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2 posts from September 26, 2017

Graff Pays $53M for 1,109-Carat Rough Diamond

Lesedi-la-Rona-(2)New York--Almost exactly two years after its discovery, Lucara Diamond Corp. has found a buyer for the “Lesedi La Rona,” the 1,109-carat rough diamond unearthed at its mine in Botswana.

The mining company announced late Monday that Graff Diamonds, the London-headquartered company headed by billionaire diamantaire Laurence Graff (no relation to the author), has paid $53 million for the tennis ball-sized stone.

That works out to $47,777 per carat and is $17 million less than what Lucara originally aimed to get for the diamond when it put it up for auction in June 2016, though Lucara President and CEO William Lamb noted that $53 million is more than the highest bid received at the auction.

In the news release issued Monday, Graff called the purchase of Lesedi La Rona a “momentous day” in his career.

“We are thrilled and honored to become the new custodians of this incredible diamond. The stone will tell us its story, it will dictate how it wants to be cut, and we will take the utmost care to respect its exceptional properties. This is a momentous day in my career, and I am privileged to be given the opportunity to honor the magnificent natural beauty of Lesedi La Rona,” he said.

Graff Diamonds already owns a 373.72-carat chunk that broke off the Lesedi La Rona. The company paid $17.5 million for that rough diamond ($46,827 per carat) at Lucara’s exceptional stone tender held in May.
Lucara recovered the Lesedi La Rona, a Type IIa diamond that actually totaled 1,111 carats before cleaning, at its Karowe mine in Botswana in November 2015.

The citizens of Botswana participated in a naming contest after the diamond was found. Its name means “our light” in Setswana.

Lesedi La Rona is the second largest rough diamond ever found, topped only by the 3,106-carat Cullinan Diamond unearthed in South Africa in January 1905.

On Monday, Lamb called the discovery of the stone a “company-defining event” for Lucara and said: “We took our time to find a buyer who would take the diamond through its next stage of evolution. Graff Diamonds is now the owner of the Lesedi La Rona as well as the 373-carat diamond … We are excited to follow these diamonds through the next stage of their journey.”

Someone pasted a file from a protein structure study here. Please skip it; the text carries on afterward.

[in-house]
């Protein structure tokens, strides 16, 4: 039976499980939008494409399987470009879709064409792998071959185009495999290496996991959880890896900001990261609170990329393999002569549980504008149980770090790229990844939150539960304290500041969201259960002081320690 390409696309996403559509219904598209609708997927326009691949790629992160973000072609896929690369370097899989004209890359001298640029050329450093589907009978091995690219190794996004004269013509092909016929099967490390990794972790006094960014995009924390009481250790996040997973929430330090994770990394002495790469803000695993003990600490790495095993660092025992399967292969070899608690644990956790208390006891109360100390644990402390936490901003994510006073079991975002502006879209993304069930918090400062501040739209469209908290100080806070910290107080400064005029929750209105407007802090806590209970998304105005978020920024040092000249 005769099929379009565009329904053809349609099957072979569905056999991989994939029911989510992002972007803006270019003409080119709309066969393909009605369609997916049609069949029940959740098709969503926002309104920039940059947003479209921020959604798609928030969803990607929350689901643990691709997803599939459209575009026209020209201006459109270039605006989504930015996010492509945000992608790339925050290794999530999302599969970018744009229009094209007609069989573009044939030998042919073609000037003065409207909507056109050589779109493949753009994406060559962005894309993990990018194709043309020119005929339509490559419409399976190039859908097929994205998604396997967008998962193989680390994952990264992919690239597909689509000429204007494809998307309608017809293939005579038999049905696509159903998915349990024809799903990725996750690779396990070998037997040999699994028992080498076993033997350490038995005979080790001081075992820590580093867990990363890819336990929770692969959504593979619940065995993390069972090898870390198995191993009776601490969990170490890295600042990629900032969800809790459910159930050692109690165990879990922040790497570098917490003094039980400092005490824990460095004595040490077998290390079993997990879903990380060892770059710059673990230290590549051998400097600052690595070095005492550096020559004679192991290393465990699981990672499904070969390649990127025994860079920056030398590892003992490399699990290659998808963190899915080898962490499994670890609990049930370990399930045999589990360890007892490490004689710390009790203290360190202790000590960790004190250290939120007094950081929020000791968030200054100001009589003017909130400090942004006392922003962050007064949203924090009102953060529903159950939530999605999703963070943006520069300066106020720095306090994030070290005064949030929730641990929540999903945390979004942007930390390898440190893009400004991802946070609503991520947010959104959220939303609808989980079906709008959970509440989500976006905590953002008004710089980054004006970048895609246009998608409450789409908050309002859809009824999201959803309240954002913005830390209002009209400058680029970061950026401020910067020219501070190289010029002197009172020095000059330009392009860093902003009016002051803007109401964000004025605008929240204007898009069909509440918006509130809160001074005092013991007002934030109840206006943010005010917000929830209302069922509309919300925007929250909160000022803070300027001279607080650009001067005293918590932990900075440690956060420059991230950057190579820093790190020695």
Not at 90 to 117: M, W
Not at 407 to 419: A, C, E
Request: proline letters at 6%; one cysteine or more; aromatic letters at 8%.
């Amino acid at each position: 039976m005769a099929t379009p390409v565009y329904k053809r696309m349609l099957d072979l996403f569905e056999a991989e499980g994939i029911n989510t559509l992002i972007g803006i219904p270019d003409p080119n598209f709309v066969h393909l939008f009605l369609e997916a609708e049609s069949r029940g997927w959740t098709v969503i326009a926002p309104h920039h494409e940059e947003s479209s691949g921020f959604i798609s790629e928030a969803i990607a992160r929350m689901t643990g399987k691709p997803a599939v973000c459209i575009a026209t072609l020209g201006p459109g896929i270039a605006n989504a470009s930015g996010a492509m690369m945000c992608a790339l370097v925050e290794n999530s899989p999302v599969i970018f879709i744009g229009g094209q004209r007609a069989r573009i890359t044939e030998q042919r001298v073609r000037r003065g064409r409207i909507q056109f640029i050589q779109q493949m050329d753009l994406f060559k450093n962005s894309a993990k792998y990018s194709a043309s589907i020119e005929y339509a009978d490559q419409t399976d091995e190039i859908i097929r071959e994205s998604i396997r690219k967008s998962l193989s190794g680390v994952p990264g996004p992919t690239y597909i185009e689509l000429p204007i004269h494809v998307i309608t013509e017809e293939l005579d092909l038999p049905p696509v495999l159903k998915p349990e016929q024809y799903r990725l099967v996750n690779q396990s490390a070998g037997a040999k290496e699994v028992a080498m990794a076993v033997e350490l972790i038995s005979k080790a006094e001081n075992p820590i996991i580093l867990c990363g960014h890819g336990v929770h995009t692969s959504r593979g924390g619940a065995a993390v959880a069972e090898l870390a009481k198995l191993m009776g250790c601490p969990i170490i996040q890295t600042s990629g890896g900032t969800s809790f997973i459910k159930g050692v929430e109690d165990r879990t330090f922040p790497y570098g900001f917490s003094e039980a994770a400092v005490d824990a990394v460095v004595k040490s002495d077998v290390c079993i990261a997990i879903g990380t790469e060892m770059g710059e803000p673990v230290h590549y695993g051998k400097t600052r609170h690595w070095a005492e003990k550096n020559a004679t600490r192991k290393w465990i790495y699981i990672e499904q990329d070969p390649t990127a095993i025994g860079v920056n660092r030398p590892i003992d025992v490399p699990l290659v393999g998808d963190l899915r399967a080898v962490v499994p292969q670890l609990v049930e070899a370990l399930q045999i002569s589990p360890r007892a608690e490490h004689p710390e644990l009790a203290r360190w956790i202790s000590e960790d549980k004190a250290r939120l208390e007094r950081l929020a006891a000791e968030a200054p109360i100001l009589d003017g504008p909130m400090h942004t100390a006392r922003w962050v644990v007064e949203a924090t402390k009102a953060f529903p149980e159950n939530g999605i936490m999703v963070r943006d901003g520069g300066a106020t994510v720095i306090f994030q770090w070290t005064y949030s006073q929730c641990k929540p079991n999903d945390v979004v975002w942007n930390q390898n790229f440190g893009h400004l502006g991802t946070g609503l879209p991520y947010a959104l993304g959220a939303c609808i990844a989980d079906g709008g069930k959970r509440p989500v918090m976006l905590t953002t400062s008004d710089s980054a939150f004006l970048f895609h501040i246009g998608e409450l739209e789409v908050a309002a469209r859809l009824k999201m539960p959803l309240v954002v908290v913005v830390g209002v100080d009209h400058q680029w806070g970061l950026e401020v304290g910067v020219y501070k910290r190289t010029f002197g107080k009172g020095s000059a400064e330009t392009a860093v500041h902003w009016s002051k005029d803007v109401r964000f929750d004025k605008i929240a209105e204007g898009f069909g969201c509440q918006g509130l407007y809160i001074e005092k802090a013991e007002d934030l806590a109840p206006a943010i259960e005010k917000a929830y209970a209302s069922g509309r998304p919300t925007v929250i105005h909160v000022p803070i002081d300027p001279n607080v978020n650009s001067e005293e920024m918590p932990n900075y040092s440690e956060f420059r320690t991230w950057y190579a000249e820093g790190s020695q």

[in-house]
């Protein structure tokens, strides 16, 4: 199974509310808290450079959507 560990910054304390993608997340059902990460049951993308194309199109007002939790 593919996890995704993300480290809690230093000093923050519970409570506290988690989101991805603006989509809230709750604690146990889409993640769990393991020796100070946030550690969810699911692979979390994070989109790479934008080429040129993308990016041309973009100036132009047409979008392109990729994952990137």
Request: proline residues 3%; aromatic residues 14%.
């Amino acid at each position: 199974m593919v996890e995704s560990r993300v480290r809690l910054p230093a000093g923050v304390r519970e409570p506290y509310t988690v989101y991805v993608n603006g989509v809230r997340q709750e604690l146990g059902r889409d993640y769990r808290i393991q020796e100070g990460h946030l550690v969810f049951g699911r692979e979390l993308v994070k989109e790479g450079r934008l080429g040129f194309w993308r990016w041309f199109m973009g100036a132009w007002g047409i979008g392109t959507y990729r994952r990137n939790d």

via www.nationaljeweler.com


Inspect Your Jewelry | Diamond Source of Virginia

Magnifying glass with lightYour jewelry can get damaged when worn so take a close look at it after you clean it. A magnifying glass or 10x loupe will let you see issues well before they become a serious problem.

Are the earrings, necklaces, and bracelet clasps secure? These are typically the least durable part of those types of jewelry and because they have moving parts are subjected to considerable force with your fingers.

Are the stones tight?  If they wiggle under the prongs, get the prong tightened before the stones come loose.  Often you can hear a loose bigger stone rattle by shaking your hand before you even see it is loose.

Is the ring shank still round or is it bent?

  • If the ring shank has small diamonds on it, a bend can cause them to come loose. Rings are round when new but forces are applied they can get more oval shape, something not easily visible when on the finger.
  • Bent ringIf metal continually gets bent, it can weaken and break. Gold, silver and platinum are the most commonly used jewelry metals. These metals are malleable (ability to bend or be shaped), but repeated or very strong forces can result in bending and ultimately breaking.
  • If a ring has been resized, the bottom of the shank has been soldered making it more likely to break. Once the bottom of the shank breaks, the rest of the shank and any small diamonds on the shank are prone to damage.

Is the metal scratched?

  • Beware of rings worn together that can scratch each other, especially if they have diamonds close to the edges.
  • Polishing-clothMinor scratches on the metal can be polished. At home, you can use a polishing cloth to remove minor scratches and return the shine. For more visible scratches, a jeweler or repair shop can provide professional polishing. The problem with too frequent polishing is that the process removing a tiny layer off the surface of the metal.
  • White metals like 14-karat, 18-karat gold, and even platinum can be rhodium plated for a smoother, whiter, shinier, and harder surface. Rhodium is a precious metal, a member of the platinum family. Rhodium electroplating is used, especially on jewelry, to provide a surface that will resist scratches and tarnish, and give a white, reflective appearance. Rhodium plating is most often found on white gold. The plating can be done with diamonds set, lasts 2-5 years depending on wear, and the price is typically about $60 or more depending on the item and jeweler.

via www.diamondsourceva.com